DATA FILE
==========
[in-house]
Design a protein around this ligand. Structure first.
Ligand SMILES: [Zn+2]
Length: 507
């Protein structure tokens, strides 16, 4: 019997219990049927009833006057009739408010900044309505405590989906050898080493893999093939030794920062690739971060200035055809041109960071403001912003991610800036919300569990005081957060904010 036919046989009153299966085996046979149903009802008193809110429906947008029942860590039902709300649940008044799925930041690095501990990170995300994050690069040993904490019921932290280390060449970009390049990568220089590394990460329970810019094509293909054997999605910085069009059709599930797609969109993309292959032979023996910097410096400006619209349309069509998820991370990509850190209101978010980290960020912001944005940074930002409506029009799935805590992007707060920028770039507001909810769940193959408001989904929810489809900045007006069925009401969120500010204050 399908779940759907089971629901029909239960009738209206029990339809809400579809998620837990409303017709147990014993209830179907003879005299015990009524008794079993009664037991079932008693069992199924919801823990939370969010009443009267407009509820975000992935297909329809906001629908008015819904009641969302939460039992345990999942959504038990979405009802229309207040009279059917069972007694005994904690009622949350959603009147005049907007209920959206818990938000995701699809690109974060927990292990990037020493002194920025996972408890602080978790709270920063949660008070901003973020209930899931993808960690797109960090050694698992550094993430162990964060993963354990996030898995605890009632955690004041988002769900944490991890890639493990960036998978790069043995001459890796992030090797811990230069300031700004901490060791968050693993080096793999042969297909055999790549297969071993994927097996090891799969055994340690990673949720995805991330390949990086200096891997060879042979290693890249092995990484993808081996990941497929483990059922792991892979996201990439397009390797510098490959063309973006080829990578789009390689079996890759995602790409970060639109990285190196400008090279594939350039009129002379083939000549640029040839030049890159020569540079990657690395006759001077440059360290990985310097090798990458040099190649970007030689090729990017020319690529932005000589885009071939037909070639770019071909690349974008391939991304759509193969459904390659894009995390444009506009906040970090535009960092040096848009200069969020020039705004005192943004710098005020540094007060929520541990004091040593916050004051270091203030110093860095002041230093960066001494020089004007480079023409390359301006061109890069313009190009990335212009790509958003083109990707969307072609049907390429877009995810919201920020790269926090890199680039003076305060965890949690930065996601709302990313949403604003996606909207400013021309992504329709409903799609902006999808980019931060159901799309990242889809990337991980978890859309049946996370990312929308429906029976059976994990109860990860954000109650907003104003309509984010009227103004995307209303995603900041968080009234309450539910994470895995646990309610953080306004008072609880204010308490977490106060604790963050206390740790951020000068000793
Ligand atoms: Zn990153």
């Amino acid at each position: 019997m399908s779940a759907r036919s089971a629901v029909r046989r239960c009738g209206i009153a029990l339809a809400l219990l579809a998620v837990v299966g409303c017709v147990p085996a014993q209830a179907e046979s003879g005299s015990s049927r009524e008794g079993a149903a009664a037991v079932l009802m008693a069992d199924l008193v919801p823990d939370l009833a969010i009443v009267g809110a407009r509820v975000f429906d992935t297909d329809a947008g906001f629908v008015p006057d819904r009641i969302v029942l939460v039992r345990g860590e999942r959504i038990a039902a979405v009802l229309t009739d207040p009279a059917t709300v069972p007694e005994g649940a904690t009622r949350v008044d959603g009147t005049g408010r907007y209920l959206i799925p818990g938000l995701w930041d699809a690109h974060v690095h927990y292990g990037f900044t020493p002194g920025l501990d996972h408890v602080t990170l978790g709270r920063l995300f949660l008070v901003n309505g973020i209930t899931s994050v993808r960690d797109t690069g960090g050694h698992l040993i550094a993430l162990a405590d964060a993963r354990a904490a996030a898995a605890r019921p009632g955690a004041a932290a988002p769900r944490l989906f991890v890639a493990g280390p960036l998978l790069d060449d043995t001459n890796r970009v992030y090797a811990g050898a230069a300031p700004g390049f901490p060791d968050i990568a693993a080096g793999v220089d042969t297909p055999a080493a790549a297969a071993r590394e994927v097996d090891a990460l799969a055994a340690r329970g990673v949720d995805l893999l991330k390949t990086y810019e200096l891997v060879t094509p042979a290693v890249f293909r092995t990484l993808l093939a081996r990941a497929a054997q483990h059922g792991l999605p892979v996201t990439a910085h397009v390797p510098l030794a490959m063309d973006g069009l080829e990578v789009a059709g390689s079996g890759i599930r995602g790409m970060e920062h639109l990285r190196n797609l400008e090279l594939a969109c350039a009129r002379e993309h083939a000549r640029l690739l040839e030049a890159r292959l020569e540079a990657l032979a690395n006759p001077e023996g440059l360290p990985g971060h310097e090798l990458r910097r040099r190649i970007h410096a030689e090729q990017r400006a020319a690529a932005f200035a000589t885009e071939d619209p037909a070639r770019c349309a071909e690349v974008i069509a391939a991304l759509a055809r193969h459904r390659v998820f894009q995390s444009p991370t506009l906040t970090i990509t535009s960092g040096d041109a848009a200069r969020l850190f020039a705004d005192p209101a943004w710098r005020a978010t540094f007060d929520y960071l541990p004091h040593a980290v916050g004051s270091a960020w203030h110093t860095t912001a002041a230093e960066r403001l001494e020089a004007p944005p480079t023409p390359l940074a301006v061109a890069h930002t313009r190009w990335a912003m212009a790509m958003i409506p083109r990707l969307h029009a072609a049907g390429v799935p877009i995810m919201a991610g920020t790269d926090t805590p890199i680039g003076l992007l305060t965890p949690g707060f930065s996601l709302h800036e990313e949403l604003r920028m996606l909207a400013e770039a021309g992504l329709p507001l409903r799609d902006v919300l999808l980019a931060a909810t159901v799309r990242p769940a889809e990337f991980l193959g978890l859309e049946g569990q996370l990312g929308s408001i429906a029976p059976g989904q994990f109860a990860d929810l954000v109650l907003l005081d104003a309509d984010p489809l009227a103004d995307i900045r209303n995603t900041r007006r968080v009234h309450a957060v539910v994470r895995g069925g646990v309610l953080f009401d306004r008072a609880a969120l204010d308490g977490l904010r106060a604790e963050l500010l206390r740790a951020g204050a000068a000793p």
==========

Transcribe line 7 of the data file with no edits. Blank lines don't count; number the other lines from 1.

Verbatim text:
């Amino acid at each position: 019997m399908s779940a759907r036919s089971a629901v029909r046989r239960c009738g209206i009153a029990l339809a809400l219990l579809a998620v837990v299966g409303c017709v147990p085996a014993q209830a179907e046979s003879g005299s015990s049927r009524e008794g079993a149903a009664a037991v079932l009802m008693a069992d199924l008193v919801p823990d939370l009833a969010i009443v009267g809110a407009r509820v975000f429906d992935t297909d329809a947008g906001f629908v008015p006057d819904r009641i969302v029942l939460v039992r345990g860590e999942r959504i038990a039902a979405v009802l229309t009739d207040p009279a059917t709300v069972p007694e005994g649940a904690t009622r949350v008044d959603g009147t005049g408010r907007y209920l959206i799925p818990g938000l995701w930041d699809a690109h974060v690095h927990y292990g990037f900044t020493p002194g920025l501990d996972h408890v602080t990170l978790g709270r920063l995300f949660l008070v901003n309505g973020i209930t899931s994050v993808r960690d797109t690069g960090g050694h698992l040993i550094a993430l162990a405590d964060a993963r354990a904490a996030a898995a605890r019921p009632g955690a004041a932290a988002p769900r944490l989906f991890v890639a493990g280390p960036l998978l790069d060449d043995t001459n890796r970009v992030y090797a811990g050898a230069a300031p700004g390049f901490p060791d968050i990568a693993a080096g793999v220089d042969t297909p055999a080493a790549a297969a071993r590394e994927v097996d090891a990460l799969a055994a340690r329970g990673v949720d995805l893999l991330k390949t990086y810019e200096l891997v060879t094509p042979a290693v890249f293909r092995t990484l993808l093939a081996r990941a497929a054997q483990h059922g792991l999605p892979v996201t990439a910085h397009v390797p510098l030794a490959m063309d973006g069009l080829e990578v789009a059709g390689s079996g890759i599930r995602g790409m970060e920062h639109l990285r190196n797609l400008e090279l594939a969109c350039a009129r002379e993309h083939a000549r640029l690739l040839e030049a890159r292959l020569e540079a990657l032979a690395n006759p001077e023996g440059l360290p990985g971060h310097e090798l990458r910097r040099r190649i970007h410096a030689e090729q990017r400006a020319a690529a932005f200035a000589t885009e071939d619209p037909a070639r770019c349309a071909e690349v974008i069509a391939a991304l759509a055809r193969h459904r390659v998820f894009q995390s444009p991370t506009l906040t970090i990509t535009s960092g040096d041109a848009a200069r969020l850190f020039a705004d005192p209101a943004w710098r005020a978010t540094f007060d929520y960071l541990p004091h040593a980290v916050g004051s270091a960020w203030h110093t860095t912001a002041a230093e960066r403001l001494e020089a004007p944005p480079t023409p390359l940074a301006v061109a890069h930002t313009r190009w990335a912003m212009a790509m958003i409506p083109r990707l969307h029009a072609a049907g390429v799935p877009i995810m919201a991610g920020t790269d926090t805590p890199i680039g003076l992007l305060t965890p949690g707060f930065s996601l709302h800036e990313e949403l604003r920028m996606l909207a400013e770039a021309g992504l329709p507001l409903r799609d902006v919300l999808l980019a931060a909810t159901v799309r990242p769940a889809e990337f991980l193959g978890l859309e049946g569990q996370l990312g929308s408001i429906a029976p059976g989904q994990f109860a990860d929810l954000v109650l907003l005081d104003a309509d984010p489809l009227a103004d995307i900045r209303n995603t900041r007006r968080v009234h309450a957060v539910v994470r895995g069925g646990v309610l953080f009401d306004r008072a609880a969120l204010d308490g977490l904010r106060a604790e963050l500010l206390r740790a951020g204050a000068a000793p």